The CBC's operating budget would, undoubtedly, be much smaller without all this nonsense. The CBC should leave fiction and most entertainment to Global and CTV, who have both produced successful Canadian versions of American shows like Big Brother and The Amazing Race – as well as a few good, original drama and comedy programs. Abolishing the CRTC is a good first step in eliminating the draconian requirement to produce a percentage of Canadian content. If Canadians don't want Canadian content, they shouldn't be forced to produce it. If they do, they should learn to produce things that people actually care about.


The current environment forces Canadians to produce Canadian content just for the sake of it. What we're left with is a bunch of pretentious, lecturing storylines written by failures. Letting the private sector dictate the content would force Canadian producers and writers to create things that Canadians want more of. The private sector should be allowed to weed out the charlatans and participation award recipients, while allowing true talent to flourish.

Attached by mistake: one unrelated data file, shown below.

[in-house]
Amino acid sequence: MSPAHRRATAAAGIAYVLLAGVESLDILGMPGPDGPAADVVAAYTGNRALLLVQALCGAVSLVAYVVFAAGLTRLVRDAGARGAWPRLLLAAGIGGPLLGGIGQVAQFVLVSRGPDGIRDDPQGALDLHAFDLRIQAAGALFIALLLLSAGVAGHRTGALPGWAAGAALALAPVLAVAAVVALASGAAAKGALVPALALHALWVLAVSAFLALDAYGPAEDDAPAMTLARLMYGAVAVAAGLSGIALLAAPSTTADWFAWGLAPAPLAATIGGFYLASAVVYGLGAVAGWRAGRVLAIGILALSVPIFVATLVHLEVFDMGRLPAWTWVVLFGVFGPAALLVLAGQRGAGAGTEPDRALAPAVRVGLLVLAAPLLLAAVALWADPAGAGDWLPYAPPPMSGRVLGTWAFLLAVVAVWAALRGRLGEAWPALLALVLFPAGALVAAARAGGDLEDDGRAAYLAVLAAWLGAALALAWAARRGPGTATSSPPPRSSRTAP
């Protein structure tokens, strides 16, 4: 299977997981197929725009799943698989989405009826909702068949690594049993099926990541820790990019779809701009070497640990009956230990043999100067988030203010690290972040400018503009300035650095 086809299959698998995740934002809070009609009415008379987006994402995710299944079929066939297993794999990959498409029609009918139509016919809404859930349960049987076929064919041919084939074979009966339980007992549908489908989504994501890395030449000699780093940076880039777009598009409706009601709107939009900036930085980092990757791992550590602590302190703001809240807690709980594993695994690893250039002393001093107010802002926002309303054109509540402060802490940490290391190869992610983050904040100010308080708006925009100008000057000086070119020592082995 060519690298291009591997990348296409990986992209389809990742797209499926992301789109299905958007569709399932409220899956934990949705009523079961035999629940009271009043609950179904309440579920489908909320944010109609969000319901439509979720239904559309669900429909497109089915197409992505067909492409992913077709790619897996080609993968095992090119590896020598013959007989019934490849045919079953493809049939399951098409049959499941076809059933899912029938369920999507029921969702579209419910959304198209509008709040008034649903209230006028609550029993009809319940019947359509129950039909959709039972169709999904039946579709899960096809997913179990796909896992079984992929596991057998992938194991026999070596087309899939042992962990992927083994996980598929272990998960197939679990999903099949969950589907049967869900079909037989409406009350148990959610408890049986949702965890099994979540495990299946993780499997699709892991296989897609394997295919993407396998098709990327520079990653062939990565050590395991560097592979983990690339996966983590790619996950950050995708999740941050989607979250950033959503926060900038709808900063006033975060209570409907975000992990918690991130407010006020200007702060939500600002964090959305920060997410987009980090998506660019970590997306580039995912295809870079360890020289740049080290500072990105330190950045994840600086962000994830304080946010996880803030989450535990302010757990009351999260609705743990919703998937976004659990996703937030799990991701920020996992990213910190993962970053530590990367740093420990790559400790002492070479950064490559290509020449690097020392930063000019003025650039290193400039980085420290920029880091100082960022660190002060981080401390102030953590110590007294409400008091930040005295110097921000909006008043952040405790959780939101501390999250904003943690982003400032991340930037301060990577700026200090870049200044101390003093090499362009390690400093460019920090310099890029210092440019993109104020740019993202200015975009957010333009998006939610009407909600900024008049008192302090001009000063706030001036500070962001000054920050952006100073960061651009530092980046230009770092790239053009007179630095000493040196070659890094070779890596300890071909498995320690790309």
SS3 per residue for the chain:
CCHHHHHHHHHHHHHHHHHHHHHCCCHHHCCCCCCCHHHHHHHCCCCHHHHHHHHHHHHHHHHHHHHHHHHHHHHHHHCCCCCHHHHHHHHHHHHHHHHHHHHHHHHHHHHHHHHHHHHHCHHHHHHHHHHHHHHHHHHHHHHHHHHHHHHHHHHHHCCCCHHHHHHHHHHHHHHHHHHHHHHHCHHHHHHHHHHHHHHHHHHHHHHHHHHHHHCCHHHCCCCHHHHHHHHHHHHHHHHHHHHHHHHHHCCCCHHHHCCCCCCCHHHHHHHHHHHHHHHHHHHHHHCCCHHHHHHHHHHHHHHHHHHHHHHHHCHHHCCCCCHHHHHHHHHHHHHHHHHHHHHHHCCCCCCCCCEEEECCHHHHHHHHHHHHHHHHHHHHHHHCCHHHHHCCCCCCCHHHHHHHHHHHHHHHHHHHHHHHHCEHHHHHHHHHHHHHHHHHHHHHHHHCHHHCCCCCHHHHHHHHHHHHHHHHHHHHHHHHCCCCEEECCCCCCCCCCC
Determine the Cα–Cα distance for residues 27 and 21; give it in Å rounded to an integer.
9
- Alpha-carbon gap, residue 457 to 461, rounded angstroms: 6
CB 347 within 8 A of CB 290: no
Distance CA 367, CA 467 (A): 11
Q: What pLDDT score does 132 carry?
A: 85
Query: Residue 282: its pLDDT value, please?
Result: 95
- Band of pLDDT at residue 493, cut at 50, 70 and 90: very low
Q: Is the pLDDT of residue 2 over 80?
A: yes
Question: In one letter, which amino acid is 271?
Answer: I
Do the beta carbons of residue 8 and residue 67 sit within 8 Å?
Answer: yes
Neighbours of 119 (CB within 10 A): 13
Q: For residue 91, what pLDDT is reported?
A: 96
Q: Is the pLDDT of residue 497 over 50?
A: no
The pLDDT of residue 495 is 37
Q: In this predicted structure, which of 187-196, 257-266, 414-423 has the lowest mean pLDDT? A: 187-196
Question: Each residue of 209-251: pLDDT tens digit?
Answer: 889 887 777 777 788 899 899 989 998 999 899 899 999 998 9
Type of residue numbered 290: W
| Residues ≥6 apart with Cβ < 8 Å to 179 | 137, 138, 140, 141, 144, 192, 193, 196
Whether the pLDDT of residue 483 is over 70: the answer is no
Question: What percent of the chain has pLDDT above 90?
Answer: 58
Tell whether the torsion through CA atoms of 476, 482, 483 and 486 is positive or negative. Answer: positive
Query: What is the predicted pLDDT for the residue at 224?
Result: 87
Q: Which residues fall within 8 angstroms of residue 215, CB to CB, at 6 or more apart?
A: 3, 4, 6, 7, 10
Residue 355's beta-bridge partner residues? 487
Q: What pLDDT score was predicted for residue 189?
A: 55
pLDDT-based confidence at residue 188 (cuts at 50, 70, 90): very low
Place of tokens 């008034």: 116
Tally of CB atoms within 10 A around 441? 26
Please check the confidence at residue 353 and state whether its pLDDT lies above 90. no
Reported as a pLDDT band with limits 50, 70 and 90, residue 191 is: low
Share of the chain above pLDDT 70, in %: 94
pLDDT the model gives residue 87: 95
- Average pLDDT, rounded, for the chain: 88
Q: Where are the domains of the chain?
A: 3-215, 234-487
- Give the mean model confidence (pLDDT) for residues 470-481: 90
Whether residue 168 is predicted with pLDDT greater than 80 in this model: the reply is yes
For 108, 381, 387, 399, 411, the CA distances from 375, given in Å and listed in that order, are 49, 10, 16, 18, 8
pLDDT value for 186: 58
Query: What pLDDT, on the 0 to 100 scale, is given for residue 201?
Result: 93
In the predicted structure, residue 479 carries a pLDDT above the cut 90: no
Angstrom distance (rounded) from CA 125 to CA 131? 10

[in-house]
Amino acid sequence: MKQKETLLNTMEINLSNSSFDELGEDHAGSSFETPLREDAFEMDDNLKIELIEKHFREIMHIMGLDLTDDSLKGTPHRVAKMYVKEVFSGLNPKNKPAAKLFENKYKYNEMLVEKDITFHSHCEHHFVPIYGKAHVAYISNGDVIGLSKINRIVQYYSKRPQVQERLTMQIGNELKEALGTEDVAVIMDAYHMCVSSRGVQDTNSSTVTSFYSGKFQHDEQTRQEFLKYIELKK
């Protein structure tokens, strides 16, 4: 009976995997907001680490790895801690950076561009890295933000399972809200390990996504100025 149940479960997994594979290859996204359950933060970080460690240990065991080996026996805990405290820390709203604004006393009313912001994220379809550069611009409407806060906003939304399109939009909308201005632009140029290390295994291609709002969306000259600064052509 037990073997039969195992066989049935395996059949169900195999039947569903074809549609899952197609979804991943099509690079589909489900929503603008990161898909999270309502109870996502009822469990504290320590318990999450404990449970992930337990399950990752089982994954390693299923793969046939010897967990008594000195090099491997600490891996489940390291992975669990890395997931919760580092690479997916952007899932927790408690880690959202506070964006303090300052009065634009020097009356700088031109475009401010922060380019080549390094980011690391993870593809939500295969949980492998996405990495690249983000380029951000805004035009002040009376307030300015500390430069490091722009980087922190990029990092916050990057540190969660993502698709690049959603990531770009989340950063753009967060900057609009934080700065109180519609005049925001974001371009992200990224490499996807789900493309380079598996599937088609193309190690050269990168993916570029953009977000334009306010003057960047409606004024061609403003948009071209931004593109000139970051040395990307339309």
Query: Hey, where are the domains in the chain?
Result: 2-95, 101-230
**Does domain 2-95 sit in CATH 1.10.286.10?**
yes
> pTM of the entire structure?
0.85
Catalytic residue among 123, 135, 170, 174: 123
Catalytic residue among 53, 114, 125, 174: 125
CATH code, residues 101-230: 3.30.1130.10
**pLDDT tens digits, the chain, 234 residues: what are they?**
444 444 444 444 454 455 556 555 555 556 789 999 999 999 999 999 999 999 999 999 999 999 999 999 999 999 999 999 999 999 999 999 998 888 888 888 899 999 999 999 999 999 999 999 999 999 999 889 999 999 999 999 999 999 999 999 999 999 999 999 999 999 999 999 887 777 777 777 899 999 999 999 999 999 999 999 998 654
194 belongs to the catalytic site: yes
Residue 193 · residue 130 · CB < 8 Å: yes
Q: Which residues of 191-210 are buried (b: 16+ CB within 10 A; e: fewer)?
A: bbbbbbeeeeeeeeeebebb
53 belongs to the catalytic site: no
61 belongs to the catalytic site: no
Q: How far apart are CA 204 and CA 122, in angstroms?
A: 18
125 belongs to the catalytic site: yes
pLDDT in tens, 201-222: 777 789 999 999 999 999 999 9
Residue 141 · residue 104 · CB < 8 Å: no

All of these changes could be made by making various amendments. None of these changes should be considered partisan. The current Trudeau government, with its strong majority, could easily improve the quality of the CBC by making changes that would make the CBC more affordable, more objective and more accessible to Canadians. Putting copyright lawyers on a public payroll to threaten the very taxpayers who pay their salaries isn't appropriate. Forcing Canadians to produce unwatchable content isn't reasonable or valuable. Letting publicly paid journalists get away with biased, dishonest reporting isn't Canadian. Making these changes would help some conservatives warm up to the CBC and, potentially, eliminate future threats of privatization and destruction.